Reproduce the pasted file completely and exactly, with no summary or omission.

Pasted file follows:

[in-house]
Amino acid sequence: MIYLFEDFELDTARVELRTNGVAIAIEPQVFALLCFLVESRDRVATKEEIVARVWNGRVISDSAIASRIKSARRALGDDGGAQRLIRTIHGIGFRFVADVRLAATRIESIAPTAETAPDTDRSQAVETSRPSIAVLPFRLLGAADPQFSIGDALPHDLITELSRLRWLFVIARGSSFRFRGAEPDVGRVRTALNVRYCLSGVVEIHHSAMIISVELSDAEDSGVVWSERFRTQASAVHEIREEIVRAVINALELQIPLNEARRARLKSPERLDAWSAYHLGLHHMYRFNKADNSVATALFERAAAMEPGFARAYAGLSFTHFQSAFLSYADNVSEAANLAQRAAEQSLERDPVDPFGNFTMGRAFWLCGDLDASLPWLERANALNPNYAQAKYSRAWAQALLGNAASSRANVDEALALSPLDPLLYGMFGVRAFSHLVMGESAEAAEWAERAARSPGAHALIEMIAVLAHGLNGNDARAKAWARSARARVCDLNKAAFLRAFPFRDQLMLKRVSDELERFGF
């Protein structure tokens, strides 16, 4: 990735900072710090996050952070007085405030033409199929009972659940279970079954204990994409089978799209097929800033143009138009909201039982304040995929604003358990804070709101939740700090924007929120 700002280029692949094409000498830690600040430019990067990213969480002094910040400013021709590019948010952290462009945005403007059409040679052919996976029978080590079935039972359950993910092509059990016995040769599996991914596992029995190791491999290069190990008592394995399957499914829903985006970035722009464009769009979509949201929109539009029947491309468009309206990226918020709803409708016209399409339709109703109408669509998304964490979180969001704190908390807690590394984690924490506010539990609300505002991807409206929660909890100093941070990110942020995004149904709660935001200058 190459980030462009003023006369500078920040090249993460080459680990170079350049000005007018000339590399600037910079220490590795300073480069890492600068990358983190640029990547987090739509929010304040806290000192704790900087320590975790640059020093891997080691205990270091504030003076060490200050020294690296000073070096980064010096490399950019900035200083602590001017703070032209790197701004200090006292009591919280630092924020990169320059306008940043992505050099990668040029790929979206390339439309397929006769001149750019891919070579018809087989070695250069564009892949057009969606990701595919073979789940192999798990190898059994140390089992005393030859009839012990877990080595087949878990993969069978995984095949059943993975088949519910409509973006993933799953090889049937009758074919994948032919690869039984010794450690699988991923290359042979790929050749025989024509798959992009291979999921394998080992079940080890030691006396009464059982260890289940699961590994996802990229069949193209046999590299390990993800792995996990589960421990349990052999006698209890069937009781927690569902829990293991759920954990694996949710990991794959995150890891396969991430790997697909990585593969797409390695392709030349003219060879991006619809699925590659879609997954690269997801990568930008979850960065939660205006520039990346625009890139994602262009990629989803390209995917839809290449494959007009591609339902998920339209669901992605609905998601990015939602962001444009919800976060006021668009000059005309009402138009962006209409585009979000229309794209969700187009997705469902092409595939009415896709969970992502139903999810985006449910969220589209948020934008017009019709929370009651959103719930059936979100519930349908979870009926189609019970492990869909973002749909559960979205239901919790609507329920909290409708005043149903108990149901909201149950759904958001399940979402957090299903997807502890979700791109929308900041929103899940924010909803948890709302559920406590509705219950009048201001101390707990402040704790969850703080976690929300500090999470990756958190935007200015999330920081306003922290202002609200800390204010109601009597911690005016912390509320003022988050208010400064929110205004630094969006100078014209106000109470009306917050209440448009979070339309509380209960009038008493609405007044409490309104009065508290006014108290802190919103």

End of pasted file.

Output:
[in-house]
Amino acid sequence: MIYLFEDFELDTARVELRTNGVAIAIEPQVFALLCFLVESRDRVATKEEIVARVWNGRVISDSAIASRIKSARRALGDDGGAQRLIRTIHGIGFRFVADVRLAATRIESIAPTAETAPDTDRSQAVETSRPSIAVLPFRLLGAADPQFSIGDALPHDLITELSRLRWLFVIARGSSFRFRGAEPDVGRVRTALNVRYCLSGVVEIHHSAMIISVELSDAEDSGVVWSERFRTQASAVHEIREEIVRAVINALELQIPLNEARRARLKSPERLDAWSAYHLGLHHMYRFNKADNSVATALFERAAAMEPGFARAYAGLSFTHFQSAFLSYADNVSEAANLAQRAAEQSLERDPVDPFGNFTMGRAFWLCGDLDASLPWLERANALNPNYAQAKYSRAWAQALLGNAASSRANVDEALALSPLDPLLYGMFGVRAFSHLVMGESAEAAEWAERAARSPGAHALIEMIAVLAHGLNGNDARAKAWARSARARVCDLNKAAFLRAFPFRDQLMLKRVSDELERFGF
């Protein structure tokens, strides 16, 4: 990735900072710090996050952070007085405030033409199929009972659940279970079954204990994409089978799209097929800033143009138009909201039982304040995929604003358990804070709101939740700090924007929120 700002280029692949094409000498830690600040430019990067990213969480002094910040400013021709590019948010952290462009945005403007059409040679052919996976029978080590079935039972359950993910092509059990016995040769599996991914596992029995190791491999290069190990008592394995399957499914829903985006970035722009464009769009979509949201929109539009029947491309468009309206990226918020709803409708016209399409339709109703109408669509998304964490979180969001704190908390807690590394984690924490506010539990609300505002991807409206929660909890100093941070990110942020995004149904709660935001200058 190459980030462009003023006369500078920040090249993460080459680990170079350049000005007018000339590399600037910079220490590795300073480069890492600068990358983190640029990547987090739509929010304040806290000192704790900087320590975790640059020093891997080691205990270091504030003076060490200050020294690296000073070096980064010096490399950019900035200083602590001017703070032209790197701004200090006292009591919280630092924020990169320059306008940043992505050099990668040029790929979206390339439309397929006769001149750019891919070579018809087989070695250069564009892949057009969606990701595919073979789940192999798990190898059994140390089992005393030859009839012990877990080595087949878990993969069978995984095949059943993975088949519910409509973006993933799953090889049937009758074919994948032919690869039984010794450690699988991923290359042979790929050749025989024509798959992009291979999921394998080992079940080890030691006396009464059982260890289940699961590994996802990229069949193209046999590299390990993800792995996990589960421990349990052999006698209890069937009781927690569902829990293991759920954990694996949710990991794959995150890891396969991430790997697909990585593969797409390695392709030349003219060879991006619809699925590659879609997954690269997801990568930008979850960065939660205006520039990346625009890139994602262009990629989803390209995917839809290449494959007009591609339902998920339209669901992605609905998601990015939602962001444009919800976060006021668009000059005309009402138009962006209409585009979000229309794209969700187009997705469902092409595939009415896709969970992502139903999810985006449910969220589209948020934008017009019709929370009651959103719930059936979100519930349908979870009926189609019970492990869909973002749909559960979205239901919790609507329920909290409708005043149903108990149901909201149950759904958001399940979402957090299903997807502890979700791109929308900041929103899940924010909803948890709302559920406590509705219950009048201001101390707990402040704790969850703080976690929300500090999470990756958190935007200015999330920081306003922290202002609200800390204010109601009597911690005016912390509320003022988050208010400064929110205004630094969006100078014209106000109470009306917050209440448009979070339309509380209960009038008493609405007044409490309104009065508290006014108290802190919103």